.. code-block:: shell
python3 rpg/RapidPeptidesGenerator.py -\\-help
......@@ -86,7 +86,7 @@ Getting help
To access build-in help, use:
.. code-block:: none
.. code-block:: shell
rpg -\\-help
......@@ -95,7 +95,7 @@ Listing enzymes
To list all available enzymes, use:
.. code-block:: none
.. code-block:: shell
rpg -l
......@@ -111,7 +111,7 @@ Sequential digestion of one sequence
To perform sequential digestion of the sequence "QWSDORESDF" with enzymes 2 and 5 and store results in `output_file.fasta`, use:
.. code-block:: none
.. code-block:: shell
rpg -s QWSDORESDF -o output_file.fasta -e 2 5
......@@ -122,7 +122,7 @@ Sequential digestion of a (multi)fasta file
To perform sequential digestion of `input_file.fasta` with enzymes 2 and 5 and store results in `output_file.fasta`, use:
.. code-block:: none
.. code-block:: shell
rpg -i input_file.fasta -o output_file.fasta -e 2 5
......@@ -131,7 +131,7 @@ Concurrent digestion of a (multi)fasta file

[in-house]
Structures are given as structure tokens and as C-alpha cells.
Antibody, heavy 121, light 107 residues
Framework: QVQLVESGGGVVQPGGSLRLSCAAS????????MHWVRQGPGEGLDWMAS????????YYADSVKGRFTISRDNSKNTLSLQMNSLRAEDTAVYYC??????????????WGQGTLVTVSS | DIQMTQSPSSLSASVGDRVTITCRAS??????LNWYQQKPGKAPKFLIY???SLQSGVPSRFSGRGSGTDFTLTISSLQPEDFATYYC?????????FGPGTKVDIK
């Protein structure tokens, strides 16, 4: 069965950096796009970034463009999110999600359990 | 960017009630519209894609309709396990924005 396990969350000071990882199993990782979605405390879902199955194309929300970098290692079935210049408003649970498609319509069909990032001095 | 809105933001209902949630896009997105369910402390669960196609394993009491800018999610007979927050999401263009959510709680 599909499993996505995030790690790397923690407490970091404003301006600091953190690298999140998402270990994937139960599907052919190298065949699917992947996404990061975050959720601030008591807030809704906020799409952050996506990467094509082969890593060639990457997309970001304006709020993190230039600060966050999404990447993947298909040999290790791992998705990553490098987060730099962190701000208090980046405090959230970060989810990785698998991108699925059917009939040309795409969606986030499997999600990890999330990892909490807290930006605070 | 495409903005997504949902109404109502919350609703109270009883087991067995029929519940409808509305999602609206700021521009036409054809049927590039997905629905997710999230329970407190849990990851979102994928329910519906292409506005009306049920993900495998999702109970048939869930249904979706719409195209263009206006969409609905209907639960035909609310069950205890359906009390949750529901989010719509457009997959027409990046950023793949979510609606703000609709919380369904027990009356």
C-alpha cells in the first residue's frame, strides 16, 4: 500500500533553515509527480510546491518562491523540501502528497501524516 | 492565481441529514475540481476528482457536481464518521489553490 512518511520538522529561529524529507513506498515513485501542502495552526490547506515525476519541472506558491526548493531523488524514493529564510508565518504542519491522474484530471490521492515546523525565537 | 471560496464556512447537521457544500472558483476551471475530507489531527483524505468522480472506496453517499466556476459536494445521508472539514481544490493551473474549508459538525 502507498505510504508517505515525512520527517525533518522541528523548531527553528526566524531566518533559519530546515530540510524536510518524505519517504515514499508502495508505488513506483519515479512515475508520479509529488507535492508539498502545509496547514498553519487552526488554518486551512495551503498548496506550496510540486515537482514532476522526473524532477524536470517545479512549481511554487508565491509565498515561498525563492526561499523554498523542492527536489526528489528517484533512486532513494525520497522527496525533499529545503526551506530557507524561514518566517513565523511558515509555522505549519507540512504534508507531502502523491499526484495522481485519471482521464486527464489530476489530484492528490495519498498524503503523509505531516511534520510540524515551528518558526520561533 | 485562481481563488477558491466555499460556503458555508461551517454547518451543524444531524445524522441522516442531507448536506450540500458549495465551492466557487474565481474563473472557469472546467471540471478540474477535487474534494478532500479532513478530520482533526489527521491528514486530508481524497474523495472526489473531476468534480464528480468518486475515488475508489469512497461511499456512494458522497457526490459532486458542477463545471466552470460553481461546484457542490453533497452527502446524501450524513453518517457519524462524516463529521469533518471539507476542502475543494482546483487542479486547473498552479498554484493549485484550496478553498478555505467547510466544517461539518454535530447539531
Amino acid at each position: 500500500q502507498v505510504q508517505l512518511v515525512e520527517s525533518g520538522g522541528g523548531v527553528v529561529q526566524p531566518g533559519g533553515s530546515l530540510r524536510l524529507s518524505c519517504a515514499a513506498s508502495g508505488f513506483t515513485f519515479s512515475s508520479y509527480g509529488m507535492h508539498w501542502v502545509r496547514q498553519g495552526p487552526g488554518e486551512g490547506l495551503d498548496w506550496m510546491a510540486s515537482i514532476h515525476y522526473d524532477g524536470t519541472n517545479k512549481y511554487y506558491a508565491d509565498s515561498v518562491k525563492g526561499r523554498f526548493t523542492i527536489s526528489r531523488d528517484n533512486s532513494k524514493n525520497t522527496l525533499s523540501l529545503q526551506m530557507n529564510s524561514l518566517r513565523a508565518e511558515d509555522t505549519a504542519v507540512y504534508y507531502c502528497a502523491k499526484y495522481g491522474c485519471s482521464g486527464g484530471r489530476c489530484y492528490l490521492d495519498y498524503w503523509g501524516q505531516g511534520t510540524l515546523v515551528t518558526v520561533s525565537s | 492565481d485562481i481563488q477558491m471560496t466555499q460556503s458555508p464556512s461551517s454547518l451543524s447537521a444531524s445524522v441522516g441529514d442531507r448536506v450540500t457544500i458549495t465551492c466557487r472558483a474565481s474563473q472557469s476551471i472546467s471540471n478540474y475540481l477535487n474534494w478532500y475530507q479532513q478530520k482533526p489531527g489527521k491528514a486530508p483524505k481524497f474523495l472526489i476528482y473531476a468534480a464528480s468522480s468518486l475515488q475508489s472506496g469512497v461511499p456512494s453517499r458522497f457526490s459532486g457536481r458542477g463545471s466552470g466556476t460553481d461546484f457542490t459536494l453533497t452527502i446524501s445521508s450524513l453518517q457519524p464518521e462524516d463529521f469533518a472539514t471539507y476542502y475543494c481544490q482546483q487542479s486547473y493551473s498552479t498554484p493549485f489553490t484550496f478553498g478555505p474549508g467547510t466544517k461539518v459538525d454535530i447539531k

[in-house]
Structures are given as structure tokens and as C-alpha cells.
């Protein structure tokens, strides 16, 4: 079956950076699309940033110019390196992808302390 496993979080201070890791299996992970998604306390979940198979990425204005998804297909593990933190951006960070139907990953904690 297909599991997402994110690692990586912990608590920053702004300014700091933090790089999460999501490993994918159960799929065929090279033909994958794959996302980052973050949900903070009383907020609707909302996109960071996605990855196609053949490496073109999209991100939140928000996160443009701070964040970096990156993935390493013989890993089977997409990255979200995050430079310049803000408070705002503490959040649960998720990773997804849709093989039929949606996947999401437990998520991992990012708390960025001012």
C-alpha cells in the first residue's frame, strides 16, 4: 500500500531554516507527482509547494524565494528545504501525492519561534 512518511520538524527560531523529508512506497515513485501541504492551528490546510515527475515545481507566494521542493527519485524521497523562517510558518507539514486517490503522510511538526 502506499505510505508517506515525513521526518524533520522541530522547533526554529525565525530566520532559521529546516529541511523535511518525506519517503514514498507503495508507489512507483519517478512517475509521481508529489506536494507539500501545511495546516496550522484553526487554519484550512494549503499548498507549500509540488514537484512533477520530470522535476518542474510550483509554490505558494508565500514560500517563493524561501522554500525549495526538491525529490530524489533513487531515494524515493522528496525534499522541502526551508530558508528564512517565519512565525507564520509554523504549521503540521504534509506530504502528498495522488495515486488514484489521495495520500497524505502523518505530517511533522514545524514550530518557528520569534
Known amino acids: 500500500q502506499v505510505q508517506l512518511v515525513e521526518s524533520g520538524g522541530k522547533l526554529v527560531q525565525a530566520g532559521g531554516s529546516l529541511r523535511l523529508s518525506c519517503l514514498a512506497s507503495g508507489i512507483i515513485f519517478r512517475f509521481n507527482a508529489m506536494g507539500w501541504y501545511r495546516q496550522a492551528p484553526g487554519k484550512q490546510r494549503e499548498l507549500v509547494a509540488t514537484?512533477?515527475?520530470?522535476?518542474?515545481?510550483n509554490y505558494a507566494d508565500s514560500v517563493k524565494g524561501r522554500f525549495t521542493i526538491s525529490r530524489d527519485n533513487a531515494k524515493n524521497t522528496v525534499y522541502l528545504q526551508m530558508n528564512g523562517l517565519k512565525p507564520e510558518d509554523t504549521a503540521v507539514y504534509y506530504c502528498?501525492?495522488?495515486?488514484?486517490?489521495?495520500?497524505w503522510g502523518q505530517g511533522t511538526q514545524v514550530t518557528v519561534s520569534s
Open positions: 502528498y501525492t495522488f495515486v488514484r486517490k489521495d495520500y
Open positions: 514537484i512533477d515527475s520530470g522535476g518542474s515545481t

To perform concurrent digestion of `input_file.fasta` with enzymes 2 and 5 and store results in `output_file.fasta`, use:
.. code-block:: none
.. code-block:: shell
rpg -i input_file.fasta -o output_file.fasta -e 2 5 -d c
......@@ -140,7 +140,7 @@ Adding a new enzyme
To extend the list of the available enzymes and add a new one, use:
.. code-block:: none
.. code-block:: shell
rpg -a
......@@ -198,7 +198,7 @@ In concurrent mode, all enzymes are present at the same time during digestion an
Let's define two enzymes. The first is called 'afterP' (id 28) and cleaves after P. The second is called 'afterK' (id 29) and cleaves after K if there is no P just before. Digesting 'PKPKPKPK' using those two enzymes in sequential mode gives the following result (see :ref:`formats` for more information):